The big question is over Britain. It is very important for Australia that Britain remains in the EU, because London remains the most valuable connection for Canberra, not least because of its ongoing supremacy as a financial centre, and our commercial ties. It is beginning to look as if the referendum in Scotland to split from the UK will fail, but the future of Britain in Europe is far from certain. The success of the UK Independence Party in local elections has fed xenophobic notions that Britain can somehow prosper outside the EU. Were there to be a ‘No’ vote in a referendum on staying in the EU, Australia would need to rethink its approach to Europe, and strengthen its connections at every level with Germany, and some other countries.
The post-election foreign minister should follow the example of Radek Sikorski, Poland’s counterpart, in making it clear to the Cameron government and the British public how important it is for Europe that Britain’s influence not only be maintained in Europe, but also increased. It may be said this is none of Australia’s business. That is not true. A strong Europe based on sound economic principles is needed as a counterbalance to rising Russian influence and challenges, and an increasingly unstable Middle East. A fracturing Europe will be a disaster.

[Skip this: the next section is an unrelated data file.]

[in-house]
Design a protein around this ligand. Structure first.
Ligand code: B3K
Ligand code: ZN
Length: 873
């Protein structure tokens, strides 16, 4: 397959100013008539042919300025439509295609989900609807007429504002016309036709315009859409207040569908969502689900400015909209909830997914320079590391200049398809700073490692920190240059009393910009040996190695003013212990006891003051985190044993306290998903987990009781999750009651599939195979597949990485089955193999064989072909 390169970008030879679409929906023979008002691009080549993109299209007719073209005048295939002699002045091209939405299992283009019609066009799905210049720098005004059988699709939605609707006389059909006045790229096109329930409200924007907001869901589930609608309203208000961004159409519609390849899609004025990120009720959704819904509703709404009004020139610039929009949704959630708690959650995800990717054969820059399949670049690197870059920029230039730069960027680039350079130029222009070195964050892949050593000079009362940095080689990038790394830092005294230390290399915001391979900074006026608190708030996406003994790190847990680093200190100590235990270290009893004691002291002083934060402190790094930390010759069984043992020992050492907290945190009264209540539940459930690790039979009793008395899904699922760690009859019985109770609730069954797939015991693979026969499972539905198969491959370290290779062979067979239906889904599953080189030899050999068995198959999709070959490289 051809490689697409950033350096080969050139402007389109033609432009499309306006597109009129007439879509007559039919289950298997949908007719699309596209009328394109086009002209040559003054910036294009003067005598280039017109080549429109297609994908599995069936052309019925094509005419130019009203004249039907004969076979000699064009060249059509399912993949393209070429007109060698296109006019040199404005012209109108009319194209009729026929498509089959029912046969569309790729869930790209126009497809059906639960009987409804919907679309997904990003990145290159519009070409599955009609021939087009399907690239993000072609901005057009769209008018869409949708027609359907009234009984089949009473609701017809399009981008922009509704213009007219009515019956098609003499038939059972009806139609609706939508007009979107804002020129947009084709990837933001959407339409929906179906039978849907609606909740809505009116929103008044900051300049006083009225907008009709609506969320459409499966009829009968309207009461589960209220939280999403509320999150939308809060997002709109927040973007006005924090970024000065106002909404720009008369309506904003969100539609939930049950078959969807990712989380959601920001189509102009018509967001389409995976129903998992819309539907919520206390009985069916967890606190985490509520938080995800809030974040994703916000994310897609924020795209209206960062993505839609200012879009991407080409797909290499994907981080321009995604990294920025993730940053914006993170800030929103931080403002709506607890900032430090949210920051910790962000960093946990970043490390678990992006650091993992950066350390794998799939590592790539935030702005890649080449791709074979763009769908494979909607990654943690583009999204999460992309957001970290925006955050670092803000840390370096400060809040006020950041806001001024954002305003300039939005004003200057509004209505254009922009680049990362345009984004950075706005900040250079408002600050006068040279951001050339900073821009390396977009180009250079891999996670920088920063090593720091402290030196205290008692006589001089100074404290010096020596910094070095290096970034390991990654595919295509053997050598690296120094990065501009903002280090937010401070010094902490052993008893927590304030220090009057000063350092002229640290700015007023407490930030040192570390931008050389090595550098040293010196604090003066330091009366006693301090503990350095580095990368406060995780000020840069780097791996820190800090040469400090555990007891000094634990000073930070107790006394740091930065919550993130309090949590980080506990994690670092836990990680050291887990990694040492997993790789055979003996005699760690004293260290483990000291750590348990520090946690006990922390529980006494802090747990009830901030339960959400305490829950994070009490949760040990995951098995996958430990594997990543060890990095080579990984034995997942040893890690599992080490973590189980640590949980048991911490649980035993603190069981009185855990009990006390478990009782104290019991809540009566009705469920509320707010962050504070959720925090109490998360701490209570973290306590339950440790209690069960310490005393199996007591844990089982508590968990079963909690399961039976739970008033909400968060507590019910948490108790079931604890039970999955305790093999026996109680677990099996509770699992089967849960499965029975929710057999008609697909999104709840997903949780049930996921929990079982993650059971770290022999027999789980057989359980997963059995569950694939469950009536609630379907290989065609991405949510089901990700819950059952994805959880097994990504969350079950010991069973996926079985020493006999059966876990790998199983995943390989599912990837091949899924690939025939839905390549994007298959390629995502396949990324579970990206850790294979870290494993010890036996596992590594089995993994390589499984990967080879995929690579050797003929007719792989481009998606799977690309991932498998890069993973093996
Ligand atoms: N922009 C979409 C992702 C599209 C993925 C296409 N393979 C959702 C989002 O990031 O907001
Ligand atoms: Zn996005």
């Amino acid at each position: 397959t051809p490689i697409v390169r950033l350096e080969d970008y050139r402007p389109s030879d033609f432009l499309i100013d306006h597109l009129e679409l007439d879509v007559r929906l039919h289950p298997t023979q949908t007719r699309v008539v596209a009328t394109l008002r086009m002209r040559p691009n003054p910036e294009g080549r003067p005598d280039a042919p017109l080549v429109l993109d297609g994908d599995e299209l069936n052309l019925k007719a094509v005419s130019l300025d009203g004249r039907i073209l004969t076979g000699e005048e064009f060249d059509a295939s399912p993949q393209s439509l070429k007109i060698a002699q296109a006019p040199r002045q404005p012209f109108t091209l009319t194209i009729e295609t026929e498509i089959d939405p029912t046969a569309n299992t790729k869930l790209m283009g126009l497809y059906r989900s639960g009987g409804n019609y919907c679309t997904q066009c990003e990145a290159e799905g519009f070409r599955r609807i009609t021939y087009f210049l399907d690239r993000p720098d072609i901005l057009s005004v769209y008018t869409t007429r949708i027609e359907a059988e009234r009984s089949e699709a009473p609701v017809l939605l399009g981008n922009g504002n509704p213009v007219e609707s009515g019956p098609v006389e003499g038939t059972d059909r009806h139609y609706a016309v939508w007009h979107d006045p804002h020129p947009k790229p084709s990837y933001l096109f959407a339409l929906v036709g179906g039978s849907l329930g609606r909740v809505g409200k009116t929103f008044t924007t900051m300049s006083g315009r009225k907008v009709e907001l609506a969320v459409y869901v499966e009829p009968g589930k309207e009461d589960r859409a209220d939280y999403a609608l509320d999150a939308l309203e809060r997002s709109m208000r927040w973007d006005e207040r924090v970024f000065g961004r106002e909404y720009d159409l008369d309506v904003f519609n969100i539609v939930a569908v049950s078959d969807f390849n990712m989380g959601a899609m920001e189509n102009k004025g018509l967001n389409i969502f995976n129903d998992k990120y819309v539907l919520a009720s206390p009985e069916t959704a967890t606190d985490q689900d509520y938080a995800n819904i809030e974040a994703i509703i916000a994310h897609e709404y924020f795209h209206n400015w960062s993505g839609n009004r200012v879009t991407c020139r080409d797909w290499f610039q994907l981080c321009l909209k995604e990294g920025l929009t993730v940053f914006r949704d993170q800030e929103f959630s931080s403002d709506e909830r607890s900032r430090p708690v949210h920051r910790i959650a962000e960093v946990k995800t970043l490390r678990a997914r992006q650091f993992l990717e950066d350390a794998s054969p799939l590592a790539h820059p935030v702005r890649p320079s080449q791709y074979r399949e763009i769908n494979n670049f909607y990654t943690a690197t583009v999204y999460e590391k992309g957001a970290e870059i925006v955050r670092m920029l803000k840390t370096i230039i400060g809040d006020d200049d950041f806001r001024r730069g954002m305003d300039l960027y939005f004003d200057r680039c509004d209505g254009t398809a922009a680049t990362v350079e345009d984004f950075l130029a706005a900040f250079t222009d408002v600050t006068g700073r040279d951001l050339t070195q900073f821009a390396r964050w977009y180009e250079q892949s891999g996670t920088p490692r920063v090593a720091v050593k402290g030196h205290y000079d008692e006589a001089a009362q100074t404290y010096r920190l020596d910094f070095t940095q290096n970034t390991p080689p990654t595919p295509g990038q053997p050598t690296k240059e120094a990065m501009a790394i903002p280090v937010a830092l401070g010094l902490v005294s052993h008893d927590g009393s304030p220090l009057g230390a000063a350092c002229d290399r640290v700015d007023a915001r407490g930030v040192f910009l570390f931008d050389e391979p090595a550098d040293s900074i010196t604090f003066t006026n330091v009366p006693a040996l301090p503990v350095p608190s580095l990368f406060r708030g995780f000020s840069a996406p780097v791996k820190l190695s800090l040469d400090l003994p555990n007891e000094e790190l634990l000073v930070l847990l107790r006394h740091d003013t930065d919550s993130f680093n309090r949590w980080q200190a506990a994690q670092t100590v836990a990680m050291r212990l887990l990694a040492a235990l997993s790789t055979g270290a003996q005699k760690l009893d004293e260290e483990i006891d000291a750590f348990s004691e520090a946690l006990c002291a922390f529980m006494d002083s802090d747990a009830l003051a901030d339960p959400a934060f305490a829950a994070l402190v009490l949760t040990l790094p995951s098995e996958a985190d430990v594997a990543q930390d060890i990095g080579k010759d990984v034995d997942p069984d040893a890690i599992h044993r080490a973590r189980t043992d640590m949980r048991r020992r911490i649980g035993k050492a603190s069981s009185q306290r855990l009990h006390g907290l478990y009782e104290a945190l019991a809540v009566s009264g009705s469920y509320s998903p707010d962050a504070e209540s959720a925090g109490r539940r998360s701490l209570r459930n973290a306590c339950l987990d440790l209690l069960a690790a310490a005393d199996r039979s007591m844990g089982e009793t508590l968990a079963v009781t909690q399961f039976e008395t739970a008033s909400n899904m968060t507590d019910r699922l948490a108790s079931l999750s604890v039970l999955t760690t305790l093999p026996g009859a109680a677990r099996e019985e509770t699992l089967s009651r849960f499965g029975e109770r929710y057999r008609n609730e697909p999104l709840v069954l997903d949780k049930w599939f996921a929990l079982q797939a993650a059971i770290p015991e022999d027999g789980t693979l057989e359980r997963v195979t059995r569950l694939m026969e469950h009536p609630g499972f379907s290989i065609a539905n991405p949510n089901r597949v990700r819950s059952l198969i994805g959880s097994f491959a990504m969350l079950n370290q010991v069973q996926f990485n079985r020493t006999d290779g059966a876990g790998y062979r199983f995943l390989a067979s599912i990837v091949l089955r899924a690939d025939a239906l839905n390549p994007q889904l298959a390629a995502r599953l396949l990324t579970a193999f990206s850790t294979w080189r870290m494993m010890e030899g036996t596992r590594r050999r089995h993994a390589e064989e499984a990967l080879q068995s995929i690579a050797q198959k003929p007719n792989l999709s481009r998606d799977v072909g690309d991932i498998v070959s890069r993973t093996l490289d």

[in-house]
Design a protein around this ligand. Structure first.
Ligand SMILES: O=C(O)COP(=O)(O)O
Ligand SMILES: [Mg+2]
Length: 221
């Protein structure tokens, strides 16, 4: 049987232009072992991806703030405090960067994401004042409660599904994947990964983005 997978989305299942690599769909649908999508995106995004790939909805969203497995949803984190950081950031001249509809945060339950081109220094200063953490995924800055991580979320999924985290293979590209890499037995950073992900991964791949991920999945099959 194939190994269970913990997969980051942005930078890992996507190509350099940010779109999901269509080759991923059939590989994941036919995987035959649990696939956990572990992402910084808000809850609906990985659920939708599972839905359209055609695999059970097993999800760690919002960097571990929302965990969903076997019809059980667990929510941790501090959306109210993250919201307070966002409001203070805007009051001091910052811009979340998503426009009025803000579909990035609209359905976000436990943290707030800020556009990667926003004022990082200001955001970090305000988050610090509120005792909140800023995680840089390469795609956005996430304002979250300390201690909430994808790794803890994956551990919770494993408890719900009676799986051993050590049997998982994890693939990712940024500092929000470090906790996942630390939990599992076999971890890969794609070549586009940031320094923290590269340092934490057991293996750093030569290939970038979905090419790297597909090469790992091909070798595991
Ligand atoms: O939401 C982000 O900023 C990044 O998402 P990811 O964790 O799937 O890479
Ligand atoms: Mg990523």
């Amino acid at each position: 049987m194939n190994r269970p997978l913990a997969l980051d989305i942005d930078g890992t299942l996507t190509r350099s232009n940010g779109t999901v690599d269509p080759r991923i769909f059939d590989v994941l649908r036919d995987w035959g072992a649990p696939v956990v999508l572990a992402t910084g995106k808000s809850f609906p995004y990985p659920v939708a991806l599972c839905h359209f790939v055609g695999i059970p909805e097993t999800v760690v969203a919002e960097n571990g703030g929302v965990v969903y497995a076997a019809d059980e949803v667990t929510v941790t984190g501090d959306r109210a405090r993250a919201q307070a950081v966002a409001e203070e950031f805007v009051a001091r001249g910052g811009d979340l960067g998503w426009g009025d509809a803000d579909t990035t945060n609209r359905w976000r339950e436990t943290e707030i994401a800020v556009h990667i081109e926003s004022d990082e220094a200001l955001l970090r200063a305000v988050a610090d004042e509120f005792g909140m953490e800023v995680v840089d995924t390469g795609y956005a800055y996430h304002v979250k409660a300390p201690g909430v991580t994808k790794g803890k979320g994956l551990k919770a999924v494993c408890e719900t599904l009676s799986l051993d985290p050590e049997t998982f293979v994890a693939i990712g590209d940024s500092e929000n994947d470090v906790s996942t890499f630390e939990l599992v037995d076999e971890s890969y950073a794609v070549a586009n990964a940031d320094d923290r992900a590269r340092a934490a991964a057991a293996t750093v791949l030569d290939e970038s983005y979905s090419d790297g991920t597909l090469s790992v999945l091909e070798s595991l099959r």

Australia’s voice may not count for much in London, but there is no point in remaining silent in a city where the influence of Russian oligarchs now goes well beyond Stamford Bridge. If Poland can alert Britain to the risks of isolation, so should Australia.